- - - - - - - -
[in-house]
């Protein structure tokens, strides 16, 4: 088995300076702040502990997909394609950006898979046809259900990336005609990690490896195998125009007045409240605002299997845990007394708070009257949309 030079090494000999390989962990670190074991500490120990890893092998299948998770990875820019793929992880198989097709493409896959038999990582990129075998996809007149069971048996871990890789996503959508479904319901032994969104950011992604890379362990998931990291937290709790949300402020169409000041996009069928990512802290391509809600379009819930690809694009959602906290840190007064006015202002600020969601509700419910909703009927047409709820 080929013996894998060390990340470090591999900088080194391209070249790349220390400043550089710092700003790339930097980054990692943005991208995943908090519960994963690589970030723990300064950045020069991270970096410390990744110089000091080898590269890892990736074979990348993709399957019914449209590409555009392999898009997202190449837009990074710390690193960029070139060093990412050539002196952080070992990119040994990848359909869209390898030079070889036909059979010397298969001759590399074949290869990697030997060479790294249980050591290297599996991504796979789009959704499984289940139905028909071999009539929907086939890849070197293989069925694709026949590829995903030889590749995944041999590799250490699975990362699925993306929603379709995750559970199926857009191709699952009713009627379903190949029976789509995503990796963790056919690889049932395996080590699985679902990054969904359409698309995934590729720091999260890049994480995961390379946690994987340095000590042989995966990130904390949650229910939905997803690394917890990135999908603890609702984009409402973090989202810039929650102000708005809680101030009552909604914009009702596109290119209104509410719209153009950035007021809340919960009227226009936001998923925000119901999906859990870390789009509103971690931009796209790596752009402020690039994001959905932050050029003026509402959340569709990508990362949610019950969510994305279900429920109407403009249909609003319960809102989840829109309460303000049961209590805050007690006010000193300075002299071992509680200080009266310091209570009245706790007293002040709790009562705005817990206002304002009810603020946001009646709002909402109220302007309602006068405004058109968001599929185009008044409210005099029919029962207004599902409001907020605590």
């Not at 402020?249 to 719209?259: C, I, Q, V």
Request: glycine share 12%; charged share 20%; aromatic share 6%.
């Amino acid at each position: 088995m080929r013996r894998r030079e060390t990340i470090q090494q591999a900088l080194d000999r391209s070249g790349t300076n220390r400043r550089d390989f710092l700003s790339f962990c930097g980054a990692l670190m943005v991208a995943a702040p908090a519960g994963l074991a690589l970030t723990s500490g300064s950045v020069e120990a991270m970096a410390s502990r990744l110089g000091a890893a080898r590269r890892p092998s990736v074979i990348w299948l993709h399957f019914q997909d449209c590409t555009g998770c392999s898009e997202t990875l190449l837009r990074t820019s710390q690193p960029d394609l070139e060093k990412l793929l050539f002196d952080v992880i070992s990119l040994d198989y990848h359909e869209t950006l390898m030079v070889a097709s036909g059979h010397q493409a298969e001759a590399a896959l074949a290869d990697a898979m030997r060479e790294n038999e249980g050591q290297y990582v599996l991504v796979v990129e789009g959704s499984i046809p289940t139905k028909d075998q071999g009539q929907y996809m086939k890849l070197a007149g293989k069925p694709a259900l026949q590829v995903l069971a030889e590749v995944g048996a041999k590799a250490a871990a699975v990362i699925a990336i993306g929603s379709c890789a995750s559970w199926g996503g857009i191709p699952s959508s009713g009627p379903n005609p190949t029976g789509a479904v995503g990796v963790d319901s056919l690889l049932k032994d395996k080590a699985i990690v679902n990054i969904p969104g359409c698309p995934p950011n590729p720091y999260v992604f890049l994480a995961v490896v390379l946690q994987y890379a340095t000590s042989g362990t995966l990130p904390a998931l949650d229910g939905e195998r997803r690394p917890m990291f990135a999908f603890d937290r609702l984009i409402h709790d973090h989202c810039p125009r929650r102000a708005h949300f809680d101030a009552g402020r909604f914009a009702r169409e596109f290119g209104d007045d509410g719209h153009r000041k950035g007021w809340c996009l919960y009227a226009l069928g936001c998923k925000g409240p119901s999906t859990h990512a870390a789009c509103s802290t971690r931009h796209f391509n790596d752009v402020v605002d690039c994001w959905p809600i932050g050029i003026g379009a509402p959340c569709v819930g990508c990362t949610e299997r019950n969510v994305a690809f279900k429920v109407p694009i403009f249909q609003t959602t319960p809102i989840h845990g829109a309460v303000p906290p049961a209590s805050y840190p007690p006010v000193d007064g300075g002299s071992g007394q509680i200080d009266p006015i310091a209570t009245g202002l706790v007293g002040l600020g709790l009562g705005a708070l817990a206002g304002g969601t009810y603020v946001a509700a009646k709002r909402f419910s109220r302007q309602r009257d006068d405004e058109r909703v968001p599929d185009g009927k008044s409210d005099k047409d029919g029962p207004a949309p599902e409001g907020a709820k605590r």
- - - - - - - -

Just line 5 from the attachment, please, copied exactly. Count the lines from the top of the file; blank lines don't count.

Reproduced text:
């Amino acid at each position: 088995m080929r013996r894998r030079e060390t990340i470090q090494q591999a900088l080194d000999r391209s070249g790349t300076n220390r400043r550089d390989f710092l700003s790339f962990c930097g980054a990692l670190m943005v991208a995943a702040p908090a519960g994963l074991a690589l970030t723990s500490g300064s950045v020069e120990a991270m970096a410390s502990r990744l110089g000091a890893a080898r590269r890892p092998s990736v074979i990348w299948l993709h399957f019914q997909d449209c590409t555009g998770c392999s898009e997202t990875l190449l837009r990074t820019s710390q690193p960029d394609l070139e060093k990412l793929l050539f002196d952080v992880i070992s990119l040994d198989y990848h359909e869209t950006l390898m030079v070889a097709s036909g059979h010397q493409a298969e001759a590399a896959l074949a290869d990697a898979m030997r060479e790294n038999e249980g050591q290297y990582v599996l991504v796979v990129e789009g959704s499984i046809p289940t139905k028909d075998q071999g009539q929907y996809m086939k890849l070197a007149g293989k069925p694709a259900l026949q590829v995903l069971a030889e590749v995944g048996a041999k590799a250490a871990a699975v990362i699925a990336i993306g929603s379709c890789a995750s559970w199926g996503g857009i191709p699952s959508s009713g009627p379903n005609p190949t029976g789509a479904v995503g990796v963790d319901s056919l690889l049932k032994d395996k080590a699985i990690v679902n990054i969904p969104g359409c698309p995934p950011n590729p720091y999260v992604f890049l994480a995961v490896v390379l946690q994987y890379a340095t000590s042989g362990t995966l990130p904390a998931l949650d229910g939905e195998r997803r690394p917890m990291f990135a999908f603890d937290r609702l984009i409402h709790d973090h989202c810039p125009r929650r102000a708005h949300f809680d101030a009552g402020r909604f914009a009702r169409e596109f290119g209104d007045d509410g719209h153009r000041k950035g007021w809340c996009l919960y009227a226009l069928g936001c998923k925000g409240p119901s999906t859990h990512a870390a789009c509103s802290t971690r931009h796209f391509n790596d752009v402020v605002d690039c994001w959905p809600i932050g050029i003026g379009a509402p959340c569709v819930g990508c990362t949610e299997r019950n969510v994305a690809f279900k429920v109407p694009i403009f249909q609003t959602t319960p809102i989840h845990g829109a309460v303000p906290p049961a209590s805050y840190p007690p006010v000193d007064g300075g002299s071992g007394q509680i200080d009266p006015i310091a209570t009245g202002l706790v007293g002040l600020g709790l009562g705005a708070l817990a206002g304002g969601t009810y603020v946001a509700a009646k709002r909402f419910s109220r302007q309602r009257d006068d405004e058109r909703v968001p599929d185009g009927k008044s409210d005099k047409d029919g029962p207004a949309p599902e409001g907020a709820k605590r």